Local land use lawsuits lining up- Freeholders in both Warren and Hunterdon ready to battle Highlands Act.
New Jersey - Legal action over the Highlands Act may be on the upswing.
The Warren County and Hunterdon County freeholders, a group of area landowners and a Morris County church all plan to file lawsuits over the state land use law in the next 30 days, officials said last week.
The upcoming lawsuits will change a trend of very few lawsuits since the Highlands Act was enacted almost three years ago.
Hundreds of landowners are angered at how the law restricts development rights. Many have been waiting until the regional land use plan is in place to consider legal action.
The plan will give landowners a better idea of how their land is restricted and their possible standing in court, officials said.
"The plan isn't ready yet so a lot of this isn't ripe for legal action," said Peter Furey, executive director of the New Jersey Farm Bureau. The group has filed an appeal to the state's land use rules for the region but is holding off on a lawsuit until the plan is in place.
The Warren and Hunterdon freeholders have been waiting for the end of the plan's public comment period, Warren Freeholder Director Everett Chamberlain said. The two bodies have been planning a lawsuit over the Highlands Act since December 2004.
The public comment period, which has been extended four times, is now scheduled to end May 11.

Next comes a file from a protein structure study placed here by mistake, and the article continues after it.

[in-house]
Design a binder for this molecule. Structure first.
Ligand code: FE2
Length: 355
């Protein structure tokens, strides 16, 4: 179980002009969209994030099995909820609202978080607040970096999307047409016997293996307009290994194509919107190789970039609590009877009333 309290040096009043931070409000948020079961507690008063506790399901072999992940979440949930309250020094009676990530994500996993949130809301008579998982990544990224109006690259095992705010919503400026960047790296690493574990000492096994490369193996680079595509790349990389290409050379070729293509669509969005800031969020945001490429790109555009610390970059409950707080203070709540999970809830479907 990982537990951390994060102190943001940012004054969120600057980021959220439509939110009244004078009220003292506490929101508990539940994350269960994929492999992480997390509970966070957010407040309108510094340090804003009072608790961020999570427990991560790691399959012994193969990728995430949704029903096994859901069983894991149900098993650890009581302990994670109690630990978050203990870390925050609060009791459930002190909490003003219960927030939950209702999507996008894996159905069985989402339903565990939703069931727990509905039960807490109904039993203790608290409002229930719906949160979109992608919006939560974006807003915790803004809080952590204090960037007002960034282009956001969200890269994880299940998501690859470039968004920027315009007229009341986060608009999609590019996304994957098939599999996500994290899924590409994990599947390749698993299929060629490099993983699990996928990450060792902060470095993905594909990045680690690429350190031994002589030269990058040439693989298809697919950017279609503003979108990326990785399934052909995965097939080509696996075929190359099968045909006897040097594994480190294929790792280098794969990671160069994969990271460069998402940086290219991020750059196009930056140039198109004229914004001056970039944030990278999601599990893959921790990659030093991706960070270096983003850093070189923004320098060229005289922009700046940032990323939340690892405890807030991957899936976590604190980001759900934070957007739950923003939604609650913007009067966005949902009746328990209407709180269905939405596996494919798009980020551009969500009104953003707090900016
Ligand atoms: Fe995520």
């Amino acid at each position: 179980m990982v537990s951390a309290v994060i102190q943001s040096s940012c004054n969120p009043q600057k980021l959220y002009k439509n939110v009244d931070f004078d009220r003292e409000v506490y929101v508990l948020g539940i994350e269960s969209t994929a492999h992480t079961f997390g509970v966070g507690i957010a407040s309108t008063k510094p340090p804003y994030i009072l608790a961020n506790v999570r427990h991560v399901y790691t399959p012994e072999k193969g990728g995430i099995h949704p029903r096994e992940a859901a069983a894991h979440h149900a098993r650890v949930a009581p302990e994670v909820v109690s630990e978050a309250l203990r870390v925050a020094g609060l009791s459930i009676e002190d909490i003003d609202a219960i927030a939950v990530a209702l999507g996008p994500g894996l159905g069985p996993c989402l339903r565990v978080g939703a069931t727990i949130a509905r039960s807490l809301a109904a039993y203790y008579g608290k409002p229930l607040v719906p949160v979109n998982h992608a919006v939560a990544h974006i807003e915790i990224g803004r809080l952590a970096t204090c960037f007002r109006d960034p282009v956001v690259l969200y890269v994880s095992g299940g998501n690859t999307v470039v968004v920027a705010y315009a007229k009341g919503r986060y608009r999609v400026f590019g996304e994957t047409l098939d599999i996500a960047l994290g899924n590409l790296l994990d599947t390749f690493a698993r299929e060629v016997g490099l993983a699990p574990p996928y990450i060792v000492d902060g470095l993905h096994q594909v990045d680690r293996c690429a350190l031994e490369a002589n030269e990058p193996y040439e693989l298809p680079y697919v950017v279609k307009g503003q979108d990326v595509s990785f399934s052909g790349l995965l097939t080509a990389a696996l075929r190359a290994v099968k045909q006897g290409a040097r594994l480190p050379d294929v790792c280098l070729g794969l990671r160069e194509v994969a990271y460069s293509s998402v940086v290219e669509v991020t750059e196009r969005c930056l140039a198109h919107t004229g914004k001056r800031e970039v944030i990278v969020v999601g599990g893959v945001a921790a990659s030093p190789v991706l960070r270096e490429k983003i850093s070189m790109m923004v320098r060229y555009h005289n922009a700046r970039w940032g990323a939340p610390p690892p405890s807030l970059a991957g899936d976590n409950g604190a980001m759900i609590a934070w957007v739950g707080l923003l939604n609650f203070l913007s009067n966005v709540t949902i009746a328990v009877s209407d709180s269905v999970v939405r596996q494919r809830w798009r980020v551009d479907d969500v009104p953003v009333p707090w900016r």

"The county will probably do something shortly before or shortly after the comment period is over," Chamberlain said.
The Morris County church's lawsuit will come first. The church's lawsuit will be filed this week in federal court, attorney Gary Baise said.
He declined to name the church until the suit is filed.
Baise of the Washington, D.C.-based law firm Kilpatrick Stockton is also retained by the Highlands landowners' group. The Highlands Conservation Association, a group of mainly Warren and Hunterdon landowners, plans to file a lawsuit in federal court by the end of the month, group President Devlen Mackey, a White Township farmer, said.
Kilpatrick Stockton is also handling the first lawsuit filed in federal court over the Highlands Act. The Phillipsburg Alliance Church sued over its denied use of 30 acres in Lopatcong Township for a new church. The suit, filed Jan. 10, claims the state violated the church's constitutional equal protection rights and its rights under the religious land use act.
The case will have its first court hearing May 8.
Other potential litigants are following the case.
"Hopefully they will take a chip off of it," Mackey said.
The state filed an answer to the church's lawsuit last month. It doesn't give much of a glimpse toward the state's defense strategy; it basically just denies all the church's allegations without any explanation.
Baise said the state's answer does shed some light on the case. In response to other lawsuits over the Highlands Act, the state has filed motions to dismiss instead of answers, he said.
"By filing an answer, they basically admit there's a claim," Baise said.
The state Attorney General's office, which is handling the suit, did not return a call for comment last week.
Reporter Lynn Olanoff can be reached at 908-475-8044 or by e-mail at email@example.com.